Technology

Technology
Aug 10, 2017
Leaked Google memo, described as an “anti-diversity screed,” reminds many women in STEM fields of the challenges that remain not just in industry, but in academe.
May 31, 2017
The biggest challenge in the University of Arizona's efforts to consolidate its digital assets was getting organized. 

Surveys

Oct. 24, 2016 -- Inside Higher Ed's fifth annual Survey of Faculty Attitudes on Technology explores the views of professors (and a corresponding group of academic technology administrators) on a range of technology issues.

Among them: the value (and validity) of data produced by student learning assessments, the quality of online education, and the shape of the scholarly publishing landscape.

Inside Higher Ed's 2016 Survey of Faculty Attitudes on Technology was conducted in conjunction with researchers from Gallup. Inside Higher Ed regularly surveys key higher ed professionals on a range of topics.

On Tuesday, Nov. 29, at 2 p.m. Eastern, Inside Higher Ed will present a free webinar to discuss the results of the survey. Register for the webinar here.

The Inside Higher Ed Survey of Faculty Attitudes on Technology was made possible in part with support from Barnes & Noble College, Explorance, Knowlura, Mediasite by Sonic Foundry, and VitalSource.

Booklets

"New Directions in Online Education" is a new compilation of articles and essays from Inside Higher Ed.

The print-on-demand booklet can be downloaded here, free.

Inside Higher Ed’s editors will conduct a free webcast on the themes of the booklet on Thursday, Sept. 7, at 2 p.m. Eastern. Click here to register.

This booklet was made possible in part by the advertising support of Pearson.

Blogs

Library Babel Fish
August 17, 2017 - 7:22am

How can libraries enact their values in the wake of Charlottesville? Can we impart those values to our students?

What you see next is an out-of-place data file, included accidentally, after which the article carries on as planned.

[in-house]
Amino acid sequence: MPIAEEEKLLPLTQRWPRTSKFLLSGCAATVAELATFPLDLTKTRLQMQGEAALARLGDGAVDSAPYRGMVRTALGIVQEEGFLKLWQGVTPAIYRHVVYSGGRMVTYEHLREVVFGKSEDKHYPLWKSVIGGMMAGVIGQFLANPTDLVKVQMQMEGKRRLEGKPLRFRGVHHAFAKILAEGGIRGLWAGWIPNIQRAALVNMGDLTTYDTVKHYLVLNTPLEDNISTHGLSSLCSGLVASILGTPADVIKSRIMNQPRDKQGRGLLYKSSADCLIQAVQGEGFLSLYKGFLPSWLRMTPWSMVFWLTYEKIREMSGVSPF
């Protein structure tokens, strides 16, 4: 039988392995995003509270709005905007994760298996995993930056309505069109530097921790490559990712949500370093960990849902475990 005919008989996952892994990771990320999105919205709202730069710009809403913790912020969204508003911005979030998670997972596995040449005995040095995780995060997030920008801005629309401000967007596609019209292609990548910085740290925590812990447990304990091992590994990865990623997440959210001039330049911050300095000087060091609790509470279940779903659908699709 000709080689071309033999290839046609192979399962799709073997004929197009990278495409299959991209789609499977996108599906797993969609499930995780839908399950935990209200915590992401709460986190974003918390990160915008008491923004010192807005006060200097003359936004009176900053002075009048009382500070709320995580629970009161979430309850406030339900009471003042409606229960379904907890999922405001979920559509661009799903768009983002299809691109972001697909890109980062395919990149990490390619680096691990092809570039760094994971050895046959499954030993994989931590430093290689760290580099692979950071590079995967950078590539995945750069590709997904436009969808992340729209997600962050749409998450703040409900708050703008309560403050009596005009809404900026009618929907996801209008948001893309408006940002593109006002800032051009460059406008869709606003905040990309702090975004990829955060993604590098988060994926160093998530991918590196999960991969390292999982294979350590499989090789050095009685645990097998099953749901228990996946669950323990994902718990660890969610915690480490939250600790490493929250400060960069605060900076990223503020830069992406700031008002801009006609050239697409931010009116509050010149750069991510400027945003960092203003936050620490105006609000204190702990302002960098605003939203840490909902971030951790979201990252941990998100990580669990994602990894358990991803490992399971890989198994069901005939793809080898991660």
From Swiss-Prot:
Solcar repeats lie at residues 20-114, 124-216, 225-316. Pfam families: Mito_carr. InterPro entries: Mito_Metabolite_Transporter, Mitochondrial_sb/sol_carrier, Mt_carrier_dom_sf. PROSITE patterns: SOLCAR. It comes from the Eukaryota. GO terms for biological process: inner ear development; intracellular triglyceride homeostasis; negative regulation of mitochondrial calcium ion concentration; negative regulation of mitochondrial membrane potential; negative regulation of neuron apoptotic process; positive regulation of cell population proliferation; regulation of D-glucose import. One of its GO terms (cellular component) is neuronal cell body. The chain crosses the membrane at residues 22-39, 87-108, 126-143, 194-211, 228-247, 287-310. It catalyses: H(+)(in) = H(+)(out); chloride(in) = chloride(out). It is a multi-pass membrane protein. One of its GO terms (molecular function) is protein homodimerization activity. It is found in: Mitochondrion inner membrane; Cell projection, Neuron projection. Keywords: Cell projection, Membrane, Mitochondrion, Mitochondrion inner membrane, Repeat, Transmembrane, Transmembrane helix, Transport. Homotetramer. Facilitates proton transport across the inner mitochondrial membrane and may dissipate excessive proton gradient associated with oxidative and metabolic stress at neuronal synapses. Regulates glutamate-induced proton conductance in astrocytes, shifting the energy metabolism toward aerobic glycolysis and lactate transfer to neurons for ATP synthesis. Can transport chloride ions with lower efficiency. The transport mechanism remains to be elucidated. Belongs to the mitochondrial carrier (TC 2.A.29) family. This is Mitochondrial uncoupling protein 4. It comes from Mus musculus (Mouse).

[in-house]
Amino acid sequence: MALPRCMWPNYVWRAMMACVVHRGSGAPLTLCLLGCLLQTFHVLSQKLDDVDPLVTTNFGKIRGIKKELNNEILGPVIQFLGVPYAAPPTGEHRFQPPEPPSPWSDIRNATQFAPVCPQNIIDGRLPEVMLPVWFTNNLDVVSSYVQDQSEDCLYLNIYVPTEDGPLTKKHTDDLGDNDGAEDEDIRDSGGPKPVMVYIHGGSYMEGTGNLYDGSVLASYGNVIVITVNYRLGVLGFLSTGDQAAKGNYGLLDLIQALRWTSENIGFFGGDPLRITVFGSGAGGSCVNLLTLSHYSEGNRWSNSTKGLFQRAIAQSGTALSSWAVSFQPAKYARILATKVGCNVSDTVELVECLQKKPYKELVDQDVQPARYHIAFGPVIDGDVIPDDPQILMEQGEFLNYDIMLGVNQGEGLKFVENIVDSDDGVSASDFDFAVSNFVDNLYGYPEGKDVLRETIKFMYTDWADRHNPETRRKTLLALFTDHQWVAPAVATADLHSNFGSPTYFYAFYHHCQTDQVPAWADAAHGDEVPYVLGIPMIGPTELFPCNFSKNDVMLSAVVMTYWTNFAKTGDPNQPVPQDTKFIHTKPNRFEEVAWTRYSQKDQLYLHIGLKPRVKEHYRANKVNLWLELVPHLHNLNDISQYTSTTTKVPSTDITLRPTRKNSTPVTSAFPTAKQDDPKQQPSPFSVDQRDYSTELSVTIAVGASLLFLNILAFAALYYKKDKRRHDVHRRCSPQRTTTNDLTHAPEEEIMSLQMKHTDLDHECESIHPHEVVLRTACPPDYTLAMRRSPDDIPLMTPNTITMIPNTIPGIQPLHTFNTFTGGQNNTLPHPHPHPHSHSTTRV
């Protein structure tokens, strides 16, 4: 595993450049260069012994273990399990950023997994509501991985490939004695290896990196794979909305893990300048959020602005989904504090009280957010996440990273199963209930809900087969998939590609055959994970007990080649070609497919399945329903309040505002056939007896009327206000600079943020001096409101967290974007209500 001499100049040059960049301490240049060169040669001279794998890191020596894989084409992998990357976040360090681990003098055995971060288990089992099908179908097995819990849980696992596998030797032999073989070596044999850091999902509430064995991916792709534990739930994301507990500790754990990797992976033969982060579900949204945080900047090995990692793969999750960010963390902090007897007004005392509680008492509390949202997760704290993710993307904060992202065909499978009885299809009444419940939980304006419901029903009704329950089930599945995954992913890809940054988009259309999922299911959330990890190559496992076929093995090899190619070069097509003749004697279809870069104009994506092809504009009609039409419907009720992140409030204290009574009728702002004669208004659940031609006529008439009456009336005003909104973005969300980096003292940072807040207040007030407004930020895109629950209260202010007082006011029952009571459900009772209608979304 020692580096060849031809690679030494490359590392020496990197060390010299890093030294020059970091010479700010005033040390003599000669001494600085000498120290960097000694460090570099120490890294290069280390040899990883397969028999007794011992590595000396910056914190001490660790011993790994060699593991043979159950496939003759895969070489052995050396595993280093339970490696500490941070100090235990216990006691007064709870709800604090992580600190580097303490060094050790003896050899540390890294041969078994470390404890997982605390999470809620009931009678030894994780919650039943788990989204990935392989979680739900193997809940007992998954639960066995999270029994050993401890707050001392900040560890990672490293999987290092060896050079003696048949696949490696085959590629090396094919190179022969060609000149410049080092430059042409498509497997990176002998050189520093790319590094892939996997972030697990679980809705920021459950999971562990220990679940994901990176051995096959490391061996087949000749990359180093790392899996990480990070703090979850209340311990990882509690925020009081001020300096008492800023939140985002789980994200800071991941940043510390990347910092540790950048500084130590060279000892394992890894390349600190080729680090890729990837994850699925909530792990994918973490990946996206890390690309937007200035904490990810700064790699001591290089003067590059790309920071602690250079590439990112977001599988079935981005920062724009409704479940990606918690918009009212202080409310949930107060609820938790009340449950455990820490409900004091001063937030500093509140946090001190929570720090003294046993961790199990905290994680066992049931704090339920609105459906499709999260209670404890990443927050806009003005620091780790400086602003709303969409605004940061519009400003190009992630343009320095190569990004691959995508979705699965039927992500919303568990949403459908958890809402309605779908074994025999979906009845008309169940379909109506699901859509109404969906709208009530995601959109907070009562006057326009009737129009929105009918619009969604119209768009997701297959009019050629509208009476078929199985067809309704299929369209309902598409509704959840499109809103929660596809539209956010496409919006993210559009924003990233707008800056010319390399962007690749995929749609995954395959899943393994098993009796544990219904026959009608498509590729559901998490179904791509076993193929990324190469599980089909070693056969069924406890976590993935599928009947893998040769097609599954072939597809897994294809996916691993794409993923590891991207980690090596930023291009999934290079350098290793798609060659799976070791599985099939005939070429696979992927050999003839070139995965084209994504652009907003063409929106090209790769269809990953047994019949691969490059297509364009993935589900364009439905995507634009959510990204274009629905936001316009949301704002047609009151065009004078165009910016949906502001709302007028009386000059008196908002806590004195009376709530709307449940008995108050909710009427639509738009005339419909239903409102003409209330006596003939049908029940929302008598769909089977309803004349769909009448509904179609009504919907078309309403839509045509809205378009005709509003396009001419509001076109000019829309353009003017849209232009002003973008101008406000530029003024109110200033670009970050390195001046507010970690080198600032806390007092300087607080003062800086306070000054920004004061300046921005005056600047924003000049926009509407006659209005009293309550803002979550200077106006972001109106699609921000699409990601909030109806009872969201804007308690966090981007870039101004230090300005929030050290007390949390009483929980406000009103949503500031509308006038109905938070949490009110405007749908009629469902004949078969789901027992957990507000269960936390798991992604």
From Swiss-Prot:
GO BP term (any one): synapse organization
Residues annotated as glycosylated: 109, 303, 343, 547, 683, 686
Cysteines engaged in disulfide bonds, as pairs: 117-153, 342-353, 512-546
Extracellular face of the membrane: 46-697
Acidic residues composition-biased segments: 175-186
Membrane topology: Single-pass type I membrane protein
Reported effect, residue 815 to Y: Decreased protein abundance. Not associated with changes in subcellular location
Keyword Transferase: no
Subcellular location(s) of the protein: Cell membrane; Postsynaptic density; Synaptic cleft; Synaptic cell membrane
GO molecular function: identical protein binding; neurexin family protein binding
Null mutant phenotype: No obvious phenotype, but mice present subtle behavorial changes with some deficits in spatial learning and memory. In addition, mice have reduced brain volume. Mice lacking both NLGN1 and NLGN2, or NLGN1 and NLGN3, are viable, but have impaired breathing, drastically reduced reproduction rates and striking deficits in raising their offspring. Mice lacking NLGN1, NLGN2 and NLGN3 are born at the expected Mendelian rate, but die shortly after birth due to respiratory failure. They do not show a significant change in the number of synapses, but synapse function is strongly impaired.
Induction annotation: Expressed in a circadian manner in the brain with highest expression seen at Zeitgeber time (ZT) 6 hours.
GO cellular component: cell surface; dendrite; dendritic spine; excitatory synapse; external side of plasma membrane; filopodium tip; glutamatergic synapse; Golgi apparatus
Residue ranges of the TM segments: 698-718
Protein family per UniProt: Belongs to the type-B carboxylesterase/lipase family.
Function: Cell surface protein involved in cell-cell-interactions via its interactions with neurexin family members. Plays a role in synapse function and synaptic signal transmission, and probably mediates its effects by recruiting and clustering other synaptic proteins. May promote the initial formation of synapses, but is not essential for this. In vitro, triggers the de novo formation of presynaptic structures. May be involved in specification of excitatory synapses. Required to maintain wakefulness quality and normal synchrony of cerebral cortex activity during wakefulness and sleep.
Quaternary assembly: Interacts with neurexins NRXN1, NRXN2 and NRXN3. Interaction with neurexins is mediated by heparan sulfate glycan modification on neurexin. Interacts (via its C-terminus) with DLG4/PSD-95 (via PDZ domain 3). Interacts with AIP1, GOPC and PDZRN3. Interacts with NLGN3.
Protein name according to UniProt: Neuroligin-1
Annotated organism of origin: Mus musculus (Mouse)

Technology and Learning
August 17, 2017 - 3:05am

Costs, not assets.

Technology and Learning
August 17, 2017 - 9:00pm

Passionate opinions about the company that puts books, including this book, in our ears.

Archive

December 3, 2010
Utah authorities investigate allegations that public colleges rigged searches for lecture capture technology.
November 29, 2010

On campus and in Congress, the quest to stop rude online attacks on students may be easier said than done.

November 18, 2010

Maybe money can’t buy happiness. But can it buy friendliness?

Columbia University is hoping it can. The Office of Residential Programs at the university, sensing that its campus had grown too introverted, this week has tried to encourage casual interactions among students with a game, called “The Social Experiment,” aimed at getting campus strangers to talk to each other. The winner gets $500.

November 16, 2010

Online college enrollments grew by 21 percent to 5.6 million last fall, the biggest percentage increase in several years, according to a report released today by the Sloan Consortium and the Babson Survey Research Group.

At the same time, the authors say online growth might begin to slow down in the near future, as the biggest drivers of enrollment growth face budget challenges and stricter recruitment oversight from the federal government.

November 12, 2010

At a time when online education is seen as both a boon for cash-strapped colleges and universities and a crucial piece of the nation’s access and completion goals, institutions that are being sluggish about growing their online programs have no one to blame but themselves.

November 10, 2010
Pearson plans to join small group of providers selling online courses aimed at instructors shifting to digital environment.
November 9, 2010
With a chorus of influential voices calling for colleges to enroll and successfully graduate more students, data analytics is center stage.
November 8, 2010
Deluge of information can be distracting, but can Twitter be used to focus students' attention?
November 5, 2010
At Sloan-C, academics discuss when fostering social intimacy in the online classroom environment is necessary, and when it might distract from more basic student needs.
November 4, 2010

Reflecting on the recent The Humanities and Technology conference (THAT Camp) in San Francisco, what strikes me most is that digital humanities events consistently tip more toward the logic-structured digital side of things. That is, they are less balanced out by the humanities side. But what I mean by that itself has been a problem I've been mulling for some time now. What is the missing contribution from the humanities?

I think this digital dominance revolves around two problems.

Pages

Back to Top